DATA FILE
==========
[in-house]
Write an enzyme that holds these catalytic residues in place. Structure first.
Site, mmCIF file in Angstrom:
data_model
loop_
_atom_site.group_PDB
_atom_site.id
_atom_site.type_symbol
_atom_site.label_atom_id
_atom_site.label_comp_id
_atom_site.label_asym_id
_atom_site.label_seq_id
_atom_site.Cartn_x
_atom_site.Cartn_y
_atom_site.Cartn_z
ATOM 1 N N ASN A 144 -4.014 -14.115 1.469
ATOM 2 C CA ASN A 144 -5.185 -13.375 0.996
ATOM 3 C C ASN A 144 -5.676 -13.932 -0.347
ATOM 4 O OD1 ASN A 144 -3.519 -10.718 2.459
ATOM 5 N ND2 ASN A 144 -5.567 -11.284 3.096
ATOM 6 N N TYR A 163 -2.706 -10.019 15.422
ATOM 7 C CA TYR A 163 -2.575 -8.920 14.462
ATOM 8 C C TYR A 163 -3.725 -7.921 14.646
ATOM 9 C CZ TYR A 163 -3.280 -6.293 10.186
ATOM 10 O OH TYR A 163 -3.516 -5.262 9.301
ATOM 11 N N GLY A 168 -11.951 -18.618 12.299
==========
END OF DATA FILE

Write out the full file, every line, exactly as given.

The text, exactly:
[in-house]
Write an enzyme that holds these catalytic residues in place. Structure first.
Site, mmCIF file in Angstrom:
data_model
loop_
_atom_site.group_PDB
_atom_site.id
_atom_site.type_symbol
_atom_site.label_atom_id
_atom_site.label_comp_id
_atom_site.label_asym_id
_atom_site.label_seq_id
_atom_site.Cartn_x
_atom_site.Cartn_y
_atom_site.Cartn_z
ATOM 1 N N ASN A 144 -4.014 -14.115 1.469
ATOM 2 C CA ASN A 144 -5.185 -13.375 0.996
ATOM 3 C C ASN A 144 -5.676 -13.932 -0.347
ATOM 4 O OD1 ASN A 144 -3.519 -10.718 2.459
ATOM 5 N ND2 ASN A 144 -5.567 -11.284 3.096
ATOM 6 N N TYR A 163 -2.706 -10.019 15.422
ATOM 7 C CA TYR A 163 -2.575 -8.920 14.462
ATOM 8 C C TYR A 163 -3.725 -7.921 14.646
ATOM 9 C CZ TYR A 163 -3.280 -6.293 10.186
ATOM 10 O OH TYR A 163 -3.516 -5.262 9.301
ATOM 11 N N GLY A 168 -11.951 -18.618 12.299